After blending, the wine is placed in a permanent bottle with a blend of yeast and sugar that initiates a second fermentation in the bottle-causing the bubbles to form and it is here where the next progression in the method occurred.
In the early 1800s the widow Clicquot devised a system of removing the sediment without removing the bubbles at the same time.She designed a desk in which the mature bottles of wine could be inserted into holes neck first “sur point”.
Every day her cellarmen would give each bottle a twist “remuage” , until all the sediment had dislodged from the glass and settled in the neck of the bottle on the cork.Then they took out the cork whilst the bottle was upside down letting the plug of wine and sediment escape “dégorgement”,topped up the bottle with wine from another and put in a new cork.
Thus completing the required painstaking,laborious and expensive stages of the modern “méthode champenoise”,although today the sediment is frozen first to make disgorging easier and the remuage is carried out on hundreds of bottles at a time by machine.
Every trace of sugar is used up when Champagne is fermented in the bottle,it becomes too dry for most tastes so a little sugar is added to the wine at this stage.The amount of sugar added determines the whether the label declares the wine; Brut less than 2%,for Extra Dry 1.5-2.5%,for Sec 2-4%,for Demi Sec 4-6% and over 6% for Doux.
Each Champagne House has a tradition in the style of wine it makes and there should be no difference noticeable from one year to the next in their non-vintage offering.In outstanding years a vintage Champagne is produced but the super luxury cuvées such as Moët’s Dom Perignon,Roederer Cristal,Dom Ruinart,Taittinger’s Comtes de Champagnes in theory relegate even these to second place.
So Champagne AOC is wine not just limited to a region and specific grape varieties but also to the “méthode champenoise” through which every drop of wine must pass to qualify for the appelation.
The region just 90 miles north east of Paris is centred around a small range of hills emerging from the chalk valley through which the river Marne meanders.The names of the villages are not in themselves famous because Champagne is a blended wine known by the name of the maker.
88% of the vineyards are owned by 19,000 small growers who mostly sell their wine to the famous firms although 5,000 of these are small artisan growers like Yveline and Alain PRAT who bottle and sell their own wine. Récoltant-Manipulant is the term in French, and Grower Champagnes can be identified by “RM” on the wine label.The larger Champagne houses have holdings in only 12% of the region’s vineyards, making it a necessity for them to buy grapes from independent growers.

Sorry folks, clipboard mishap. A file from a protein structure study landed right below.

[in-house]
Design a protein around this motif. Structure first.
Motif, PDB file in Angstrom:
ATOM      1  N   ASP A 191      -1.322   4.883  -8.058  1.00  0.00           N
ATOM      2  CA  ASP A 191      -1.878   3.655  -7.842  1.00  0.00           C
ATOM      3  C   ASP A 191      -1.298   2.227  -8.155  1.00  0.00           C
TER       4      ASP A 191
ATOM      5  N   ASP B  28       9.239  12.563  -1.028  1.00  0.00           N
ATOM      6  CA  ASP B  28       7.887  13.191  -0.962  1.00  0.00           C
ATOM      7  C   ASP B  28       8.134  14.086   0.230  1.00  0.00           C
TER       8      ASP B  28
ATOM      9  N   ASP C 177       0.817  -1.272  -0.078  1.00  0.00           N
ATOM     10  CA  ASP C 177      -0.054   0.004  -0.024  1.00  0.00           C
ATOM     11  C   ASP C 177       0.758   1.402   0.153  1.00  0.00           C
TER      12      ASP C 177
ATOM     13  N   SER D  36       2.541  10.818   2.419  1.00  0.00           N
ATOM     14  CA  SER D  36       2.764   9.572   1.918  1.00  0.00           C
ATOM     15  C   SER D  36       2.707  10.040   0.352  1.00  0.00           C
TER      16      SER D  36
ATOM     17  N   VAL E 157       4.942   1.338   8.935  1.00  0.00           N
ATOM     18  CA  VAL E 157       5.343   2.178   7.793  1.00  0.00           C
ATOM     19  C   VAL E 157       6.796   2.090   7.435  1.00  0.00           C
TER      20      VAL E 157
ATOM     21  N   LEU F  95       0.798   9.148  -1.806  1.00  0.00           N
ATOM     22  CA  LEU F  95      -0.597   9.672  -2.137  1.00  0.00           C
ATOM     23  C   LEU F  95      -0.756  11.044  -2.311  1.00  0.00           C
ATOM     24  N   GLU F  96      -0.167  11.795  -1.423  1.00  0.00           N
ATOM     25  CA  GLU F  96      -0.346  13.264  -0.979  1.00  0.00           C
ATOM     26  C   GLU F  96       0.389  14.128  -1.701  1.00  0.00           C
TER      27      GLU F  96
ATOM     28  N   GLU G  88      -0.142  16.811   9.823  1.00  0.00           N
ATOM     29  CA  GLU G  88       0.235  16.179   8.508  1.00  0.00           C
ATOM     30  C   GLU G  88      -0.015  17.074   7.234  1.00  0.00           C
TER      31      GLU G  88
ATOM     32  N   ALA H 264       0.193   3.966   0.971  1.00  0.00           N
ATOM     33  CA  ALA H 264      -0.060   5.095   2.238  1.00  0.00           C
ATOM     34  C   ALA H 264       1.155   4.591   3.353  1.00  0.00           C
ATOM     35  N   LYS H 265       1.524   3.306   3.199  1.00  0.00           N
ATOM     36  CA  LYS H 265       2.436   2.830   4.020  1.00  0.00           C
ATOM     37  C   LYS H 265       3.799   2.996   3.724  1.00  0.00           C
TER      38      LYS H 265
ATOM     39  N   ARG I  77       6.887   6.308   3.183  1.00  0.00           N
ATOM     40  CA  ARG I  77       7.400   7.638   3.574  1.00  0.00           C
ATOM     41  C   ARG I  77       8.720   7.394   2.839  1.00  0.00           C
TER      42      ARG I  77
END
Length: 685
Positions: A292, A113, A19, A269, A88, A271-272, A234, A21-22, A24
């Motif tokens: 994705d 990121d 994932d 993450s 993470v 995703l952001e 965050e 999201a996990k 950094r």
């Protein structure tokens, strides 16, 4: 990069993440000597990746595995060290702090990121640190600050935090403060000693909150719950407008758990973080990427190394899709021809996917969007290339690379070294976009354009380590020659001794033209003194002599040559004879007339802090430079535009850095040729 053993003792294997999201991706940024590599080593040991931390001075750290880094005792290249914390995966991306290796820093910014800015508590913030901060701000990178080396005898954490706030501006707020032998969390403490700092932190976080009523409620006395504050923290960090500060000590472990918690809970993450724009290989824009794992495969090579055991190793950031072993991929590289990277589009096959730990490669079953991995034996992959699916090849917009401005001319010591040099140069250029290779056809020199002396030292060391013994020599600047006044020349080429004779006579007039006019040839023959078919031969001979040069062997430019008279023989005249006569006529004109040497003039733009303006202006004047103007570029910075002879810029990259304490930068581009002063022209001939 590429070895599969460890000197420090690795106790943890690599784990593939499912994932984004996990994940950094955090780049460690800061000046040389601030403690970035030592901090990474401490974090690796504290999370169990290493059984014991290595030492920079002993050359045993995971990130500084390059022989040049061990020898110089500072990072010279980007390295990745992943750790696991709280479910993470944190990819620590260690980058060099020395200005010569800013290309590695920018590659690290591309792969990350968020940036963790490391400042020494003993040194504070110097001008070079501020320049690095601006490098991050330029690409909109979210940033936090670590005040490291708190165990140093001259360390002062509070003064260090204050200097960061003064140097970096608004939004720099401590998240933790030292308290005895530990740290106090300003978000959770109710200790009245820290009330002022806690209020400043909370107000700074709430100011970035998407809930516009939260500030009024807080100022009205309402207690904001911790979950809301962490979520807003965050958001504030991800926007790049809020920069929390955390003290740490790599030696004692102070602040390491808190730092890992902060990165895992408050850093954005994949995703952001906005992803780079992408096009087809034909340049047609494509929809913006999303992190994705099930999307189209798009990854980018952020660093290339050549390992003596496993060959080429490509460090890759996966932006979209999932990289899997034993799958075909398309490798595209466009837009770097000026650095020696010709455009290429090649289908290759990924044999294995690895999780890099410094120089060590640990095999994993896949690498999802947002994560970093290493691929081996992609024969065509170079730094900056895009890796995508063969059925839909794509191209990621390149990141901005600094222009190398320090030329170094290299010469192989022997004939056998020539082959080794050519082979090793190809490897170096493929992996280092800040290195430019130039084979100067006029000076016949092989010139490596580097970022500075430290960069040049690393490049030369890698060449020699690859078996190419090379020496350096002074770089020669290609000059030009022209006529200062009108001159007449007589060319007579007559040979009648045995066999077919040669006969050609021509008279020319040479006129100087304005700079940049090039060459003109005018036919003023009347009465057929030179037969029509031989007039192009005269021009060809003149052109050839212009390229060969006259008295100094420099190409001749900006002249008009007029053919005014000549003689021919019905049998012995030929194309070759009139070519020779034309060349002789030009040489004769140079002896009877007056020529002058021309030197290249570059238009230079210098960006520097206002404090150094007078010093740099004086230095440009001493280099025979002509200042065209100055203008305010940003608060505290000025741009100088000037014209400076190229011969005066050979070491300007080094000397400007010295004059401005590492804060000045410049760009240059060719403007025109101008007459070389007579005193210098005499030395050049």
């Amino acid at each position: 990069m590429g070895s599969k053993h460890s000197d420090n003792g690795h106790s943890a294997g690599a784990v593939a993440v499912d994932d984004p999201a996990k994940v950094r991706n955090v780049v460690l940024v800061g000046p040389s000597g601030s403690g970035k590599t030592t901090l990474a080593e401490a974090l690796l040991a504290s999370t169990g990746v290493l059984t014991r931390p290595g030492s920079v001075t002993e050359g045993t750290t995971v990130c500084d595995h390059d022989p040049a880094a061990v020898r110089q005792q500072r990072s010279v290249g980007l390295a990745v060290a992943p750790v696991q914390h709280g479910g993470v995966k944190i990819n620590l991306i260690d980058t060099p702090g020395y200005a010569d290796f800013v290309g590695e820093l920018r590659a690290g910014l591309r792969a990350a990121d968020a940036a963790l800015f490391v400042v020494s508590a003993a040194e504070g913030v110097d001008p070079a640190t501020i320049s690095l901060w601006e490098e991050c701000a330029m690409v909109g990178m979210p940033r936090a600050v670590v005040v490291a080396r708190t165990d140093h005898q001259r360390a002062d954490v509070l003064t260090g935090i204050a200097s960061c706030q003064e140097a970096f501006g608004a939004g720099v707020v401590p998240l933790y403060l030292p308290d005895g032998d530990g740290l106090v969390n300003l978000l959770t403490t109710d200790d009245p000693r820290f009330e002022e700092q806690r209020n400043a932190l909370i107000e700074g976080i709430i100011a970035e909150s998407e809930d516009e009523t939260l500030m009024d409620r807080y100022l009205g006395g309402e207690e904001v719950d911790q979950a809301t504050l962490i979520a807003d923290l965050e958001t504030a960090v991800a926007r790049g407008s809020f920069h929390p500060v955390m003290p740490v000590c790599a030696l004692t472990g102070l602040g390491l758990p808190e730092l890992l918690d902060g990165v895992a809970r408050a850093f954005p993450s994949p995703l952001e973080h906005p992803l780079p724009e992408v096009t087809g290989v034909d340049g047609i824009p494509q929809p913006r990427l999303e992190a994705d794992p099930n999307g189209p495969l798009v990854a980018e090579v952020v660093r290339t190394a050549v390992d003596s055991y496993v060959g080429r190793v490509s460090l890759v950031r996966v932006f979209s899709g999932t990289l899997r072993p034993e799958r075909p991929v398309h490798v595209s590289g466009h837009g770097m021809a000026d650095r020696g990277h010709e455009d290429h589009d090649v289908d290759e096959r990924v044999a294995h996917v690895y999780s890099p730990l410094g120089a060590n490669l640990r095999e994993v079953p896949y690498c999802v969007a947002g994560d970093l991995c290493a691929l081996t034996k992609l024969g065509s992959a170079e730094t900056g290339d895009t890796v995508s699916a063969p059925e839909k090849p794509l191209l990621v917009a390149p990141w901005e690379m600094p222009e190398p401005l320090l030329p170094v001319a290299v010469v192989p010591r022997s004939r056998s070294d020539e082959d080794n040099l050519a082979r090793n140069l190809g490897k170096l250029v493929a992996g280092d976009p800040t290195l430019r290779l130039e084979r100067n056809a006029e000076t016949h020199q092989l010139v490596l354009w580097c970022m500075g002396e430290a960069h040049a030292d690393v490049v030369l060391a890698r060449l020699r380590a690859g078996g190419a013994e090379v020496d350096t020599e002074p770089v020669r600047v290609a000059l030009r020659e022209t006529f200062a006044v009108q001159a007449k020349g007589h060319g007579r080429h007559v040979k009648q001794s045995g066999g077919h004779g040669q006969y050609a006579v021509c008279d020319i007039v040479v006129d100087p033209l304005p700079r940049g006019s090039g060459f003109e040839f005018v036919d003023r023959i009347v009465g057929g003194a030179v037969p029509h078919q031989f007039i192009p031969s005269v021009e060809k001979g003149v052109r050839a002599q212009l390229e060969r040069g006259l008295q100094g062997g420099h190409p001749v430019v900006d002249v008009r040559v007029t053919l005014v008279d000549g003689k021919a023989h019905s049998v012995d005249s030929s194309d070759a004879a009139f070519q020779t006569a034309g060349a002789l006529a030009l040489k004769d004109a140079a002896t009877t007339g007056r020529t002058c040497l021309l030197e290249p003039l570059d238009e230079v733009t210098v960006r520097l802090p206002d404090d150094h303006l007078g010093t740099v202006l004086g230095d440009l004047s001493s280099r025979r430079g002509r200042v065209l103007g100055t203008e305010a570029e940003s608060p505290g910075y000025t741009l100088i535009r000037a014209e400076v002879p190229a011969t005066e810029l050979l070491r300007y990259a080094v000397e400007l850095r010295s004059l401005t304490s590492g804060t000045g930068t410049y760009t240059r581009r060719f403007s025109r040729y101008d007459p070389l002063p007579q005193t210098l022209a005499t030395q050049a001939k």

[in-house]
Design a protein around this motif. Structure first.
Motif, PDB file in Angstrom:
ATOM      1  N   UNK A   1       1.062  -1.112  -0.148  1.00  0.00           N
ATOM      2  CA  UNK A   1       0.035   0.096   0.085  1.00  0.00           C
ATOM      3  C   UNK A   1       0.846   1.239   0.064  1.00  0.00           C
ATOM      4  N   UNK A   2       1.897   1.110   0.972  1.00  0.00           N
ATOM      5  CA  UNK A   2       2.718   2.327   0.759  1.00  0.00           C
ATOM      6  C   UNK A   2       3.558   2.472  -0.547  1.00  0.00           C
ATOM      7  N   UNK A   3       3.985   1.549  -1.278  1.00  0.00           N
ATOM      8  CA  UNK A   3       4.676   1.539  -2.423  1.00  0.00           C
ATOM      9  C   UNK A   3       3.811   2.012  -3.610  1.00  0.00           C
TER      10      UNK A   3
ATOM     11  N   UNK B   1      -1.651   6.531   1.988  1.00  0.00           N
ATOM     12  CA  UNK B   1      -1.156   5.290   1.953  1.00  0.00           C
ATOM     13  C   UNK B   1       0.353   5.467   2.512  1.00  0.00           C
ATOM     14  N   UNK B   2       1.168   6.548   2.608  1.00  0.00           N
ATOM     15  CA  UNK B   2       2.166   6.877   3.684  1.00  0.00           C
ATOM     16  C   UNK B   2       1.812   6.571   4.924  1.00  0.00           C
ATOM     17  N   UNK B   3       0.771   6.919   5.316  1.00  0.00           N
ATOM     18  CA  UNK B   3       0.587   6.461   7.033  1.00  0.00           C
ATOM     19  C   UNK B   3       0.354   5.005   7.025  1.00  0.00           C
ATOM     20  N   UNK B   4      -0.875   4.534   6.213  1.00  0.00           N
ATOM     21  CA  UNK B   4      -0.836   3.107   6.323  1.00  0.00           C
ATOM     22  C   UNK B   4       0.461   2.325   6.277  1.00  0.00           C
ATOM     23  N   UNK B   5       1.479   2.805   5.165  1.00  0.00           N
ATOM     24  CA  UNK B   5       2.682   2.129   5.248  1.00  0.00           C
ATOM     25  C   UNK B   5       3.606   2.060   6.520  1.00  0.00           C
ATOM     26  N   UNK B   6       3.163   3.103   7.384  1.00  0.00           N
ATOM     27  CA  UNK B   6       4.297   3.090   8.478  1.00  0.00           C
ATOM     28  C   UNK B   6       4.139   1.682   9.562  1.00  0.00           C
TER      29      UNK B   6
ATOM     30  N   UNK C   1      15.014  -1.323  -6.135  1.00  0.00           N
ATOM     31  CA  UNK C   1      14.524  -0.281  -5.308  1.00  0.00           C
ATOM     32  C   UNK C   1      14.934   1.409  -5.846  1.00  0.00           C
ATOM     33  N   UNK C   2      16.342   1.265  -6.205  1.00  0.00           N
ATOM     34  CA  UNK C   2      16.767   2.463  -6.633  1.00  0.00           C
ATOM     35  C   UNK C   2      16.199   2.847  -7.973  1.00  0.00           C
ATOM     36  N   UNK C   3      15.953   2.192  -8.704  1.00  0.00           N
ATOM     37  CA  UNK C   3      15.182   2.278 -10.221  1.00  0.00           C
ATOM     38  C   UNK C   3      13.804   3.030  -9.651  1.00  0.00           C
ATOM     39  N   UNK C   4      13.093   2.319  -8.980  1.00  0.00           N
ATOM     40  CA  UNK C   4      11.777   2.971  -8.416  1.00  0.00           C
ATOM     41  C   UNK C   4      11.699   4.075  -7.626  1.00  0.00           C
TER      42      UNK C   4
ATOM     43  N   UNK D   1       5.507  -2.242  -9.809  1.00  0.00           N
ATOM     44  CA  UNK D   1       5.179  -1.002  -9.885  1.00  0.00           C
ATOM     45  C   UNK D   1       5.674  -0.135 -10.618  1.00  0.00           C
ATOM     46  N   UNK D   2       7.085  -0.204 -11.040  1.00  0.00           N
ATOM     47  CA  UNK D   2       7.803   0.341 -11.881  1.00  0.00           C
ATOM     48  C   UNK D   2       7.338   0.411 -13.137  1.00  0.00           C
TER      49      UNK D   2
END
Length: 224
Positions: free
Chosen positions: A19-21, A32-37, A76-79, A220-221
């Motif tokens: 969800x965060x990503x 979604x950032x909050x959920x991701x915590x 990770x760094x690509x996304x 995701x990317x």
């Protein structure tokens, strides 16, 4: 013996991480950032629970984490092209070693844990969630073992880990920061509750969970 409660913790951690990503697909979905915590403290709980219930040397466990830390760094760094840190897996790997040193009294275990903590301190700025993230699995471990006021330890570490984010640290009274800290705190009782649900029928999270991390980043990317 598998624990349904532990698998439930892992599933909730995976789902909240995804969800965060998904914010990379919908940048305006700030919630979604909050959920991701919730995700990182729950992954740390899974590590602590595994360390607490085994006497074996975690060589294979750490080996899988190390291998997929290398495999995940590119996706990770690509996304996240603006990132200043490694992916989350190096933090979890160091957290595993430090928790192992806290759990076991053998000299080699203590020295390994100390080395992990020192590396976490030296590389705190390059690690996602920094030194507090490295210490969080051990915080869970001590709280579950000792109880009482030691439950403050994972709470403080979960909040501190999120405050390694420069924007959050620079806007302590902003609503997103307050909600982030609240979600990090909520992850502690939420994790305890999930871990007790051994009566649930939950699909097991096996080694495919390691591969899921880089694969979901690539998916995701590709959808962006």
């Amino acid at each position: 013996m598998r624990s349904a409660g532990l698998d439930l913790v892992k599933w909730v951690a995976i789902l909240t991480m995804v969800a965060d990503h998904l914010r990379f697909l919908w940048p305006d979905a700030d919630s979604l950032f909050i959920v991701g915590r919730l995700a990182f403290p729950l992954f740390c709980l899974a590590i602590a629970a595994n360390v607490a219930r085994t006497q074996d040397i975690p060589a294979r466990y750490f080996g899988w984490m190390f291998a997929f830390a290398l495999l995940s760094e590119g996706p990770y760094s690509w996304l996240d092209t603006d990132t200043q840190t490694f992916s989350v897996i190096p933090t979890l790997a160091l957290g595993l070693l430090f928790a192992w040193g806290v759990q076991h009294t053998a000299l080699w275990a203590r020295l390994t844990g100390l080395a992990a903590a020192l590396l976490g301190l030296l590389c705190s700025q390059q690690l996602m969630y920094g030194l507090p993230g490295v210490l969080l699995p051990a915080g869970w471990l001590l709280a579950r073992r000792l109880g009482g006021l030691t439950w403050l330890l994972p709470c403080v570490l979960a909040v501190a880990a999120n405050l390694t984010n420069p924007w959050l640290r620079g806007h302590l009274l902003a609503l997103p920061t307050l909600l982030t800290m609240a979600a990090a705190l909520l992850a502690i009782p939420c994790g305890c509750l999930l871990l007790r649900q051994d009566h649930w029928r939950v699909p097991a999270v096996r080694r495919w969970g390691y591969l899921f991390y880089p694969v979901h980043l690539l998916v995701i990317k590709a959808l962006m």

There are four distinct parts to the heart of the region and some of the character of the wine from each makes the traditional Champagne blend.
The Montagne de Reims the most northern vineyard on a north slope planted with Pinot Noir vines whose black grapes require pressing very quickly to produce white juice without a trace of colour.Traditionally Montagne wines contribute the backbone and the headiness and bouquet of the blend.
The Vallée de la Marne with south and south eastern slopes trapping the sun and planted with mostly black grape varieties of Pinot Noir and Pinot Meunier.Bouzy one of the very few villages known by name for it’s wine produces a small quantity of still red wine.
The Côte de Blancs is the east facing slope south of Épernay planted with white Chardonnay grapes which contribute freshness and finesse to the blend.Wine from here without blending with the black grape varieties is known as Blanc de Blancs. The Côte des Bar is located in the southern part of the Champagne production area. Crisscrossed by small lush valleys that connect with those of the Seine and Aube, the area encompasses a patchwork of vineyards with many different exposures. The predominant grape is the Pinot Noir.
Another village with a reputation for it’s wine is located here Avize for Blanc de Blancs. Cramant a village known for it’s Crément- a term for lightly sparkling wine now lost to history and to other regions in exchange for other regions not using “méthode champenoise on their labels was famous here once.